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CEASPA Promotes Responsible Whale Watching and Snorkeling

  1. Take advantage of the diversity of cetaceans. The cetacean family is made up of several species, including whales, dolphins and porpoises. If during the search for a particular cetacean species you find another type, take advantage of this sighting and give it the attention it deserves. Do not scare away this cetacean; that sighting may be the success of the day.

  2. Know the environment and associated fauna. Other animals besides cetaceans may appear during the sighting trip, which may or may not be directly related to seeing cetaceans themselves. Overall, they form an important part of the learning experience. Become knowledgeable about the turtles, sea birds, schools of fish and other marine life that may appear during the watching season. This knowledge can aid in whale sightings, while at the same time promoting protection of the surrounding environment.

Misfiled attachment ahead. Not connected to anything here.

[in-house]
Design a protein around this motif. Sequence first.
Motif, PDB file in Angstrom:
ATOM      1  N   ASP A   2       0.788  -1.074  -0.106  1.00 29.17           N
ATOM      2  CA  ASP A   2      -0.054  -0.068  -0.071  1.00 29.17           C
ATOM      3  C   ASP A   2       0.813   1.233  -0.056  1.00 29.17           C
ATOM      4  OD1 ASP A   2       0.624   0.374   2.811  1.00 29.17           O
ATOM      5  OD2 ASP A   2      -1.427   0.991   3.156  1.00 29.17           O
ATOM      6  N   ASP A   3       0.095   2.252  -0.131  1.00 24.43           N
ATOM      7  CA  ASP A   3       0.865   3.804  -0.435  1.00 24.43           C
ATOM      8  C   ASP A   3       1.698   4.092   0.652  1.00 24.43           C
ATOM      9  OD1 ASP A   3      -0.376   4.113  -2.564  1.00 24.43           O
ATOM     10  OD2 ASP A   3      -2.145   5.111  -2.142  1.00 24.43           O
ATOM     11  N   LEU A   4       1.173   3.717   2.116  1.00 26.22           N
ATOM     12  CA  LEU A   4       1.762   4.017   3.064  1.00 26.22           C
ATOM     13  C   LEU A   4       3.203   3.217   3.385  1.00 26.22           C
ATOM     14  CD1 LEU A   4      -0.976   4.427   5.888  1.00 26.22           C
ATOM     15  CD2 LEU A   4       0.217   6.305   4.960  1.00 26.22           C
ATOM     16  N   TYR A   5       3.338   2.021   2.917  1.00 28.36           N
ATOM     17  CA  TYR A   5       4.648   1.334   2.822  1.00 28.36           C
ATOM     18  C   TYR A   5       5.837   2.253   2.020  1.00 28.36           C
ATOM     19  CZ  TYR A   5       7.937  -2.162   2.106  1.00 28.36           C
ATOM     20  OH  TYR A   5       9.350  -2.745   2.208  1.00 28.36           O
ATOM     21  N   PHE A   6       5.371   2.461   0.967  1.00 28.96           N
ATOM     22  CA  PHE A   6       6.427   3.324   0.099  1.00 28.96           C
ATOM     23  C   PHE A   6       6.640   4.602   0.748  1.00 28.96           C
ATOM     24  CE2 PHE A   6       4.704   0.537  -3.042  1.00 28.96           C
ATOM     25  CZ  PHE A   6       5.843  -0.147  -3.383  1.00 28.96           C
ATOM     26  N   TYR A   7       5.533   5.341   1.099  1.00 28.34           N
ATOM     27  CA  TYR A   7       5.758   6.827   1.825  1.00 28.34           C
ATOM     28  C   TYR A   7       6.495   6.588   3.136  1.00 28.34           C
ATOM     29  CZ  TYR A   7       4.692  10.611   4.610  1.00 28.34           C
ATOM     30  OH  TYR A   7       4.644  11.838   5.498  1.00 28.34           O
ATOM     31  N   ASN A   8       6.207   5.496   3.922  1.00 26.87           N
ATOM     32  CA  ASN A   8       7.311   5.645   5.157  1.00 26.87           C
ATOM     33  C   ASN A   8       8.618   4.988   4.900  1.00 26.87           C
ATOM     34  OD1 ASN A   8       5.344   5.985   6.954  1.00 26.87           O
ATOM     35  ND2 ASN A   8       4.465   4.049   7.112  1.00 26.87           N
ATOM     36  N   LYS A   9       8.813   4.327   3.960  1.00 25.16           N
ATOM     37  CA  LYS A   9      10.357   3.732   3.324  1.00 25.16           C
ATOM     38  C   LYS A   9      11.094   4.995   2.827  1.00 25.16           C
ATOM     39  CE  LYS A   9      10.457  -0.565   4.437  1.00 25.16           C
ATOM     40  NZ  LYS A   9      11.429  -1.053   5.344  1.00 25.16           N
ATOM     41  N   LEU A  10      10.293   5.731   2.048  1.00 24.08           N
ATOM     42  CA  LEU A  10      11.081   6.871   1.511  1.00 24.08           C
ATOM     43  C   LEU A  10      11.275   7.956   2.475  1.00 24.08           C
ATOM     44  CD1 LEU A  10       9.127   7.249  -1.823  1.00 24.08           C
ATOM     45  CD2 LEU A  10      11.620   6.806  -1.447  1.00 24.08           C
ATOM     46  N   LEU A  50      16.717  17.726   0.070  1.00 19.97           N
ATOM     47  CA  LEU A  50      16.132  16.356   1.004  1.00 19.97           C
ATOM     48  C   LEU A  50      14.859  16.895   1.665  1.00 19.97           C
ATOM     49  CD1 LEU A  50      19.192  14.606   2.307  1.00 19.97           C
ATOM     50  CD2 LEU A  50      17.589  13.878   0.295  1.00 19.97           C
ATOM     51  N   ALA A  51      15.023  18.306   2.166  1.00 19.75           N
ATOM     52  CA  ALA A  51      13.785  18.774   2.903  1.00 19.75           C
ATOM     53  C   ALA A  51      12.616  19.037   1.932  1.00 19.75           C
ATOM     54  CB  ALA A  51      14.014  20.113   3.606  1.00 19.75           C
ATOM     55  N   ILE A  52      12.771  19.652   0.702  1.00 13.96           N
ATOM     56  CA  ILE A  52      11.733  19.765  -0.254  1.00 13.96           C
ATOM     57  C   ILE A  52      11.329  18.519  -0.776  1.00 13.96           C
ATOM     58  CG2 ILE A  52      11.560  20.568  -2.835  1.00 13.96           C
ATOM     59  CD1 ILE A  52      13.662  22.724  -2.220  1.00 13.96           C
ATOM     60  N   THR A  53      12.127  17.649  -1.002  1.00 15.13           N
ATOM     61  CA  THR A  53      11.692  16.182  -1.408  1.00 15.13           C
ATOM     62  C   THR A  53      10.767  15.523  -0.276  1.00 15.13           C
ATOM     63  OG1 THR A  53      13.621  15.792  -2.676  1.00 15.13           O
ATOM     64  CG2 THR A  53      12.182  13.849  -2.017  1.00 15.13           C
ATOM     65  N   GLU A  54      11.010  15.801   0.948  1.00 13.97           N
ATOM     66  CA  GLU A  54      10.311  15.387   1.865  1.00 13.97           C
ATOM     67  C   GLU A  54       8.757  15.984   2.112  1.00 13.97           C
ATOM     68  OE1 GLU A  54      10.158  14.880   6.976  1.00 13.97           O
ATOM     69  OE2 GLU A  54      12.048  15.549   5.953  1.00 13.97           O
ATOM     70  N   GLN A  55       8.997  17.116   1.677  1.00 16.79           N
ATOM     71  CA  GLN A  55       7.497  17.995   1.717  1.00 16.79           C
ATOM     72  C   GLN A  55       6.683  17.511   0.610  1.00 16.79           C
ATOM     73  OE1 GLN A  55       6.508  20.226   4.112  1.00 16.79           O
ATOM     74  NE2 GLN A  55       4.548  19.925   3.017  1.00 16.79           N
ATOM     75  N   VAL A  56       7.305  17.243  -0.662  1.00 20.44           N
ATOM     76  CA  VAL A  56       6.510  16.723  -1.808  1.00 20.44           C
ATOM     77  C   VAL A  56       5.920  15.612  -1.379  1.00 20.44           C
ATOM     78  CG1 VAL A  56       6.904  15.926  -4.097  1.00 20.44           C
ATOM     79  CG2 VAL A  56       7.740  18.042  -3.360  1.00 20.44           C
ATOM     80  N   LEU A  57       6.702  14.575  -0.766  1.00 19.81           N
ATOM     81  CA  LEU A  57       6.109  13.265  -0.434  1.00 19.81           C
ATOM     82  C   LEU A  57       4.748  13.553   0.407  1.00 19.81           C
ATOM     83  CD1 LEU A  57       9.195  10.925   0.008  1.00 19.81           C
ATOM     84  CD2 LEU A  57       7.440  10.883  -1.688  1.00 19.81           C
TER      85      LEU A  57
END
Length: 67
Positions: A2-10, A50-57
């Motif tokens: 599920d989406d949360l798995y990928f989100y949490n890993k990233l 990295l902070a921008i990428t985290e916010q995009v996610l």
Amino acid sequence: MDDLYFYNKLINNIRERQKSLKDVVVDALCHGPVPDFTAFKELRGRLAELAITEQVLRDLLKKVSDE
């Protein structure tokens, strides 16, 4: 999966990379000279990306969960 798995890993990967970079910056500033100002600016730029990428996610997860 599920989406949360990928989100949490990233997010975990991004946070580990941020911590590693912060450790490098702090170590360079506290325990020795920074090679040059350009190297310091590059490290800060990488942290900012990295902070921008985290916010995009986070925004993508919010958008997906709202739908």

3. Promote the protection of coral reefs. Coral reefs, called “forests” of the ocean, are underwater ecosystems. They provide a habitat for many marine species, protect the coast and serve as “guardians” for the offspring of different species. Best practices and responsible use of coral reefs ensure that future generations can enjoy these natural wonders that surround, protect, feed, and entertain us.CEASPA Presentation (in Spanish)

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